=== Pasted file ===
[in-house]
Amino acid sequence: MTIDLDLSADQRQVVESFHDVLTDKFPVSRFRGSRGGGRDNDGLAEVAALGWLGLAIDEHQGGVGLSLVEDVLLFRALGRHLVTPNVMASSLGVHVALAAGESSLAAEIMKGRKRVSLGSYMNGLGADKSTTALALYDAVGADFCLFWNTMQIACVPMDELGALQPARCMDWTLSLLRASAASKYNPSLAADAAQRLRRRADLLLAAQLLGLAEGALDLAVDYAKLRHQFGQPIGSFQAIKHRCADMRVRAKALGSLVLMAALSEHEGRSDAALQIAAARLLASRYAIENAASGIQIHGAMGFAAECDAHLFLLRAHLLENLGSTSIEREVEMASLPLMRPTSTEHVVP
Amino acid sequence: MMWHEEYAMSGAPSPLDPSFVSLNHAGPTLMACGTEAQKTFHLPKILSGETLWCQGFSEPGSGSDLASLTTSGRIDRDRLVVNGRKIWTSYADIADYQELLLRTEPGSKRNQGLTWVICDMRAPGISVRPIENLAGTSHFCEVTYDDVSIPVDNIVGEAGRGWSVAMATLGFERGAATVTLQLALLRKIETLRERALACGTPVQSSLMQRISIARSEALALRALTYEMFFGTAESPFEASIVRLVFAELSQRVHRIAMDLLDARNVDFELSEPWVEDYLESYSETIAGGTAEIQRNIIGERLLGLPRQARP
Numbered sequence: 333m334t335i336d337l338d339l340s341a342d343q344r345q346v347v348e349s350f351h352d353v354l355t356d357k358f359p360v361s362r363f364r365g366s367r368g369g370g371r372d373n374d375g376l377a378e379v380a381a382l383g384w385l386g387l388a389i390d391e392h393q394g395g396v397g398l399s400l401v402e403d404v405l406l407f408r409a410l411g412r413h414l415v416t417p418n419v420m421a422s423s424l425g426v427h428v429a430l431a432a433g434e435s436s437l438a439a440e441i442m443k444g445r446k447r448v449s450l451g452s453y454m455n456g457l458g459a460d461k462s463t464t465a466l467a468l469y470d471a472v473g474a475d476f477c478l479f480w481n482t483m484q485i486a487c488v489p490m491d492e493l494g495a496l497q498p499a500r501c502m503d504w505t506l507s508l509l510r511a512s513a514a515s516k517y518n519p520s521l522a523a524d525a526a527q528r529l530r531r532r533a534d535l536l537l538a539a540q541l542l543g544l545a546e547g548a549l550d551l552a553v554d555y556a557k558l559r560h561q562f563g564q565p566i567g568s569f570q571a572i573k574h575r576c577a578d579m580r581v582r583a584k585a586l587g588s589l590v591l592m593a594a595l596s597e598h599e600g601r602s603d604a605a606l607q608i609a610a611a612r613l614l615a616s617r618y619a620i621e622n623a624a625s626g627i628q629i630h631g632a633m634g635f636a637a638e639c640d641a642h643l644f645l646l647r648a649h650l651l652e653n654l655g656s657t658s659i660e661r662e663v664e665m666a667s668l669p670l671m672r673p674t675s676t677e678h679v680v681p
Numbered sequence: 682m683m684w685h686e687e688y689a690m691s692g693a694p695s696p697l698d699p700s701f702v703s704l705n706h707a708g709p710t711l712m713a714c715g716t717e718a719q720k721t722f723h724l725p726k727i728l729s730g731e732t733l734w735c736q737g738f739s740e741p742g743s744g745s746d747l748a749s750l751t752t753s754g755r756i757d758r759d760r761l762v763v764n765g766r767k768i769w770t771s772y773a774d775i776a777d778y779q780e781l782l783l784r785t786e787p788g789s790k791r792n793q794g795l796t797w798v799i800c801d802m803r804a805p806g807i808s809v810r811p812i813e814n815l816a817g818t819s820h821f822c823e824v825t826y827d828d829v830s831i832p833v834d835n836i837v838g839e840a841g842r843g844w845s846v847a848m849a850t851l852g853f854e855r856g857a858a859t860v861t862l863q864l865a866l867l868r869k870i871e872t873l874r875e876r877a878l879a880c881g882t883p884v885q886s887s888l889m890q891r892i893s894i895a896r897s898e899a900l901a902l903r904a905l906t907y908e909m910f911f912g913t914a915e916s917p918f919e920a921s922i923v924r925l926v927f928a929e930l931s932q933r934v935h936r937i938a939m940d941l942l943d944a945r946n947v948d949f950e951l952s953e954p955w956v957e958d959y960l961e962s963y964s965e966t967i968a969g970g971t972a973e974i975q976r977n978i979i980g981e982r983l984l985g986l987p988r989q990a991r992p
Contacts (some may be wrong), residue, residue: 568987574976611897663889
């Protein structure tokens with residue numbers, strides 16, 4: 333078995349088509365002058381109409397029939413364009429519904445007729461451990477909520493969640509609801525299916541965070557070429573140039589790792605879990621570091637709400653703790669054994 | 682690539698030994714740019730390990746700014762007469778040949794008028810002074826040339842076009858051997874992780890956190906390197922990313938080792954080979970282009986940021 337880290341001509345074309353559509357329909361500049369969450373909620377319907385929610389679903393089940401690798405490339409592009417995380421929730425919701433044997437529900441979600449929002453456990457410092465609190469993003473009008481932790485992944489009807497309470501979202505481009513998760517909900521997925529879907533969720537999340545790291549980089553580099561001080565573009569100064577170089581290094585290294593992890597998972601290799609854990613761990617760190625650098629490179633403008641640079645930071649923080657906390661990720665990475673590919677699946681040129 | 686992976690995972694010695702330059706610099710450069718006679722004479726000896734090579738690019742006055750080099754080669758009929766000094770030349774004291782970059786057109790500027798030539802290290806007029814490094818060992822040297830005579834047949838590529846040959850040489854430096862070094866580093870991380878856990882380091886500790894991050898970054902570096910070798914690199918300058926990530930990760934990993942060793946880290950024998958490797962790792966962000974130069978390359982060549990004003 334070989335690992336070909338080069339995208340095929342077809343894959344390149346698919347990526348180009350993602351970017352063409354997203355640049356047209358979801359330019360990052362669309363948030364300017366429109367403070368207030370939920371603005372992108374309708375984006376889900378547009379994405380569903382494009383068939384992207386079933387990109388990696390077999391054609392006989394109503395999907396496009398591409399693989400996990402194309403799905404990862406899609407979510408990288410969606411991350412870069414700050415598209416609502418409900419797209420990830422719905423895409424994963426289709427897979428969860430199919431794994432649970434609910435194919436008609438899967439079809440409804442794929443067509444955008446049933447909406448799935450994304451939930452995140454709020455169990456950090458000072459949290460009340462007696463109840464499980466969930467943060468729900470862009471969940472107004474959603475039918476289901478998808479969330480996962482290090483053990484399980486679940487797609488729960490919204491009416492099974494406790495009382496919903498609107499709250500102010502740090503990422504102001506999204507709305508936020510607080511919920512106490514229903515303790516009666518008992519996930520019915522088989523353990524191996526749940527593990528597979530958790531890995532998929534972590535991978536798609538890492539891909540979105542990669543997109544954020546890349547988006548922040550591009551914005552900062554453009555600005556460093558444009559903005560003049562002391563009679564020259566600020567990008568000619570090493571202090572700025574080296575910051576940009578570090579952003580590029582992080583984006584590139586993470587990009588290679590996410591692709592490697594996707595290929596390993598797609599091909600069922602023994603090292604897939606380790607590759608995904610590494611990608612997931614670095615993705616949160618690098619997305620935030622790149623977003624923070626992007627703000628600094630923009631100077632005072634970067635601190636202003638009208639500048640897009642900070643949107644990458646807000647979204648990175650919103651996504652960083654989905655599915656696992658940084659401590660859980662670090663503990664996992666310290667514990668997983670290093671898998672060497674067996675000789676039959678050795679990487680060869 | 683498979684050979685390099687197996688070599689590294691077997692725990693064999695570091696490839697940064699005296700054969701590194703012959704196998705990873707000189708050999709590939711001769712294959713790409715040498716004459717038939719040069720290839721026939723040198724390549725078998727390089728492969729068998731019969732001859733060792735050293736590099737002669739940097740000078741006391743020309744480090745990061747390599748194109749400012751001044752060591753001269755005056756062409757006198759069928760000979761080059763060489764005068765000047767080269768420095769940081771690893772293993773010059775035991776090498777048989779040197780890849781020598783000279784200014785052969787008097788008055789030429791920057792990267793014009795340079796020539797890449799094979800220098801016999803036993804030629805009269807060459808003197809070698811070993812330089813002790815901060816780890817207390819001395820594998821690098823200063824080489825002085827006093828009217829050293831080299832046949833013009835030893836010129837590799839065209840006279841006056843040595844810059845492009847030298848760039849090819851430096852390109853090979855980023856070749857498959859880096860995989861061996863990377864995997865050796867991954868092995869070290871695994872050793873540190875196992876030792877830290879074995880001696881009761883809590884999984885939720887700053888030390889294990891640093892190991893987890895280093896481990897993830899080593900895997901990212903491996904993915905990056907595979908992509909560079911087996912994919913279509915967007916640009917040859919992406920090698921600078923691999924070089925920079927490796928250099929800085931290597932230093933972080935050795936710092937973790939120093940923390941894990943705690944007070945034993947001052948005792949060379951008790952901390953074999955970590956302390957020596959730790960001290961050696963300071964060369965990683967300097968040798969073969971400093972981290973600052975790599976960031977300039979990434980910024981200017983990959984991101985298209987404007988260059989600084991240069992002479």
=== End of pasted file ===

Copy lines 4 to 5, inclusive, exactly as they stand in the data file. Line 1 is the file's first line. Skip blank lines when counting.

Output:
Numbered sequence: 333m334t335i336d337l338d339l340s341a342d343q344r345q346v347v348e349s350f351h352d353v354l355t356d357k358f359p360v361s362r363f364r365g366s367r368g369g370g371r372d373n374d375g376l377a378e379v380a381a382l383g384w385l386g387l388a389i390d391e392h393q394g395g396v397g398l399s400l401v402e403d404v405l406l407f408r409a410l411g412r413h414l415v416t417p418n419v420m421a422s423s424l425g426v427h428v429a430l431a432a433g434e435s436s437l438a439a440e441i442m443k444g445r446k447r448v449s450l451g452s453y454m455n456g457l458g459a460d461k462s463t464t465a466l467a468l469y470d471a472v473g474a475d476f477c478l479f480w481n482t483m484q485i486a487c488v489p490m491d492e493l494g495a496l497q498p499a500r501c502m503d504w505t506l507s508l509l510r511a512s513a514a515s516k517y518n519p520s521l522a523a524d525a526a527q528r529l530r531r532r533a534d535l536l537l538a539a540q541l542l543g544l545a546e547g548a549l550d551l552a553v554d555y556a557k558l559r560h561q562f563g564q565p566i567g568s569f570q571a572i573k574h575r576c577a578d579m580r581v582r583a584k585a586l587g588s589l590v591l592m593a594a595l596s597e598h599e600g601r602s603d604a605a606l607q608i609a610a611a612r613l614l615a616s617r618y619a620i621e622n623a624a625s626g627i628q629i630h631g632a633m634g635f636a637a638e639c640d641a642h643l644f645l646l647r648a649h650l651l652e653n654l655g656s657t658s659i660e661r662e663v664e665m666a667s668l669p670l671m672r673p674t675s676t677e678h679v680v681p
Numbered sequence: 682m683m684w685h686e687e688y689a690m691s692g693a694p695s696p697l698d699p700s701f702v703s704l705n706h707a708g709p710t711l712m713a714c715g716t717e718a719q720k721t722f723h724l725p726k727i728l729s730g731e732t733l734w735c736q737g738f739s740e741p742g743s744g745s746d747l748a749s750l751t752t753s754g755r756i757d758r759d760r761l762v763v764n765g766r767k768i769w770t771s772y773a774d775i776a777d778y779q780e781l782l783l784r785t786e787p788g789s790k791r792n793q794g795l796t797w798v799i800c801d802m803r804a805p806g807i808s809v810r811p812i813e814n815l816a817g818t819s820h821f822c823e824v825t826y827d828d829v830s831i832p833v834d835n836i837v838g839e840a841g842r843g844w845s846v847a848m849a850t851l852g853f854e855r856g857a858a859t860v861t862l863q864l865a866l867l868r869k870i871e872t873l874r875e876r877a878l879a880c881g882t883p884v885q886s887s888l889m890q891r892i893s894i895a896r897s898e899a900l901a902l903r904a905l906t907y908e909m910f911f912g913t914a915e916s917p918f919e920a921s922i923v924r925l926v927f928a929e930l931s932q933r934v935h936r937i938a939m940d941l942l943d944a945r946n947v948d949f950e951l952s953e954p955w956v957e958d959y960l961e962s963y964s965e966t967i968a969g970g971t972a973e974i975q976r977n978i979i980g981e982r983l984l985g986l987p988r989q990a991r992p